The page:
Pulmonary alveolar proteinosis (PAP) is a rare lung disease characterized by the accumulation of a lipoproteinaceous substance in the distal air spaces which positively stains with periodic acid-Schiff (PAS).
The typical age at presentation is the third or forth decade. The main symptoms consist of shortness of breath and cough. The physical examination is often normal and inspiratory crackles are the most common abnormality. Pulmonary function tests show a restrictive ventilatory defect and a decreased diffusion capacity. Bilateral air space consolidation is a typical but non-specific feature appearing on chest radiography. High resolution computed tomography scanning (HRCT) reveals ground-glass opacification usually associated with thickened interlobular septa, distinctly visible within the affected lung, referred to as 'crazy paving' pattern.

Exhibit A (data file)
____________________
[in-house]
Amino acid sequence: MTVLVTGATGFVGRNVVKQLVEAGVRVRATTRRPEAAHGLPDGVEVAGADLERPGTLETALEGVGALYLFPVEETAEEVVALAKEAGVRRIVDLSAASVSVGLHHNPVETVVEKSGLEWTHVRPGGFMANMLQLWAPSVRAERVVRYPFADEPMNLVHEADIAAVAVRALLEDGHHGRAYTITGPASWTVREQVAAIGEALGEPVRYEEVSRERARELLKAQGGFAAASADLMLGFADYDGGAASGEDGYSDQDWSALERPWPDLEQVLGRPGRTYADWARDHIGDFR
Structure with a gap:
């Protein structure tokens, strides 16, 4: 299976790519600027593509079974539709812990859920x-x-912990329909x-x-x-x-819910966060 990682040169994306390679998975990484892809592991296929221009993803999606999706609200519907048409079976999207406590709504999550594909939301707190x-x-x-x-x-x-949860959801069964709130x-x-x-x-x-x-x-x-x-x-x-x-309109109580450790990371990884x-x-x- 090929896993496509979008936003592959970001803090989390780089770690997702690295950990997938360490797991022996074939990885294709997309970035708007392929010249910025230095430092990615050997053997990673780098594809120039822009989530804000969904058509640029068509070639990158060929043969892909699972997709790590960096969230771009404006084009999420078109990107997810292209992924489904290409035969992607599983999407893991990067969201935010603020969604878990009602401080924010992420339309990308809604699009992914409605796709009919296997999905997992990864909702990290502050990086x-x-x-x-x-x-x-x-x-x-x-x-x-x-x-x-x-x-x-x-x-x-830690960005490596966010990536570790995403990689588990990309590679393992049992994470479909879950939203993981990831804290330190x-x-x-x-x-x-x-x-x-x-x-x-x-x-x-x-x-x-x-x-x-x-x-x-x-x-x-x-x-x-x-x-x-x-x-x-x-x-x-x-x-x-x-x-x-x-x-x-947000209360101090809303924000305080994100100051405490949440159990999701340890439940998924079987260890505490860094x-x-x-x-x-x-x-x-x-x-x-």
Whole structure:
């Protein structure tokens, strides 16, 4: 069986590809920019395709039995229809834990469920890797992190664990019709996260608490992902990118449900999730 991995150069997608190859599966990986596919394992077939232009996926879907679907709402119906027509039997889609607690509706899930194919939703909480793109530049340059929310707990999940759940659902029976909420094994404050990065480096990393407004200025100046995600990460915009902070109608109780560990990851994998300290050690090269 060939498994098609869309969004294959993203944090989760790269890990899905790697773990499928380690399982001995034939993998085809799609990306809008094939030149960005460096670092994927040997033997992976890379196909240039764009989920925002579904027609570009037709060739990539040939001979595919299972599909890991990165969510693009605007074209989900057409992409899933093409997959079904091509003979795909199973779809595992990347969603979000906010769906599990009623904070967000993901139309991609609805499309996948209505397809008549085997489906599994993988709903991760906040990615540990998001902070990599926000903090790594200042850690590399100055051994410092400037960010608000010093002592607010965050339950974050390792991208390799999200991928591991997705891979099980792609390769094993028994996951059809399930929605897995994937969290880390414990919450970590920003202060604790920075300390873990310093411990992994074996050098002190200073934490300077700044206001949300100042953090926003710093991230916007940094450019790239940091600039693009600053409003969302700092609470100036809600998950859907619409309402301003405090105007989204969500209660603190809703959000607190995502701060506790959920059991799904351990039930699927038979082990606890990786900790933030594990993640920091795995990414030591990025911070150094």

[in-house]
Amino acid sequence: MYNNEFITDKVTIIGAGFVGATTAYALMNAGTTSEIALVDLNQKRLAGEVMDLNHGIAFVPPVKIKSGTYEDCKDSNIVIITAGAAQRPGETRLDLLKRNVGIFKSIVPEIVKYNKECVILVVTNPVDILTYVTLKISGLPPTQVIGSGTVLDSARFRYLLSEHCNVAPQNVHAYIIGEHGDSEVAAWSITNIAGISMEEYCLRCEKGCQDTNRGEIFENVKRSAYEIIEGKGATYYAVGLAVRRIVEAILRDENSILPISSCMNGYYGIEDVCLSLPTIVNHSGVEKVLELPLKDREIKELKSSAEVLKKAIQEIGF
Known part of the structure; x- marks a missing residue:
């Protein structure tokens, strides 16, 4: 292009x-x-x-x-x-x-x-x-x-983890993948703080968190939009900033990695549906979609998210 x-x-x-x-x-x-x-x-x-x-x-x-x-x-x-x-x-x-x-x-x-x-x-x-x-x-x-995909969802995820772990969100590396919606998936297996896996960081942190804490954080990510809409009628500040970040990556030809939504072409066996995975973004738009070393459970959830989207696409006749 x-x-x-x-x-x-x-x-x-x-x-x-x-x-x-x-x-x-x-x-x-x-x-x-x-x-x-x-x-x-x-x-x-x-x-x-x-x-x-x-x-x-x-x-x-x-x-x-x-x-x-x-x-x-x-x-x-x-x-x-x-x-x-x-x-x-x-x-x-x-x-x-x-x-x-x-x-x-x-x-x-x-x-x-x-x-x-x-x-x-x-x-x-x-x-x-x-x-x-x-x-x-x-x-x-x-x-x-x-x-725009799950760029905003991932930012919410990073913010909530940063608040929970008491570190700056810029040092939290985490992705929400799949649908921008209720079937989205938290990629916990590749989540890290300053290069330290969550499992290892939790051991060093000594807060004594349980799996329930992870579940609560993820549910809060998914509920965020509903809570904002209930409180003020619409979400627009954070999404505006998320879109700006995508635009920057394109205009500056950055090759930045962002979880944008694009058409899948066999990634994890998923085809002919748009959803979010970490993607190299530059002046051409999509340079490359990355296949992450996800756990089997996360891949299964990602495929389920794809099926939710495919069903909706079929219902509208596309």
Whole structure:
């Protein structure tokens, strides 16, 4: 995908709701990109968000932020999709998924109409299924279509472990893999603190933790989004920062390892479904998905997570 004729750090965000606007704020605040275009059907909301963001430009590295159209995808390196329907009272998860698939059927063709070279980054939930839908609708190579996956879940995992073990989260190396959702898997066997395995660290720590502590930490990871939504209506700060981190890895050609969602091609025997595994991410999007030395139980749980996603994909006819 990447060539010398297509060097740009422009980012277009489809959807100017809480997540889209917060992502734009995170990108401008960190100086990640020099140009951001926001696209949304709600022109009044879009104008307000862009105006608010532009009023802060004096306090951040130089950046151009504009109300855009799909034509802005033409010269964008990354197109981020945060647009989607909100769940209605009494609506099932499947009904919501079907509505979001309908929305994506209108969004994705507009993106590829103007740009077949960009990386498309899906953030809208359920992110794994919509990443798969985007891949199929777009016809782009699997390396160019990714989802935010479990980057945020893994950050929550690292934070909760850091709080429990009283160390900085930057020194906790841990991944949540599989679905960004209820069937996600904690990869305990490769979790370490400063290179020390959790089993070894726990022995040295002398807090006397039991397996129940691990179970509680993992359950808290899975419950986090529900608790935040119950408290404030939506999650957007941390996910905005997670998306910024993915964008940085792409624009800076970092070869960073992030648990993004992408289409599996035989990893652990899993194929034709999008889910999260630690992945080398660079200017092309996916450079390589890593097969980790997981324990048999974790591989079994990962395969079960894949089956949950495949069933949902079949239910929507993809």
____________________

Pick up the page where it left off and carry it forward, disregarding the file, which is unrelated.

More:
The diagnosis of PAP can be made on the basis of HRCT features in conjunction with the typical bronchoalveolar lavage (BAL) findings of milky fluid consisting of basophilic granular extracellular deposits with enlarged foamy macrophages and cellular debris (May-Grünwald Giemsa). If non conclusive, PAP is diagnosed by examination of lung tissue obtained by transbronchial or videoassisted lung biopsy.
Most commonly treatment consists of whole lung lavage, but some patients may be successfully treated with daily subcutaneous GM-CSF (granulocyte-macrophage colony-stimulating factor).
Last update: June 2004
- Pr Annette BOEHLER
- Pr Erich W. RUSSI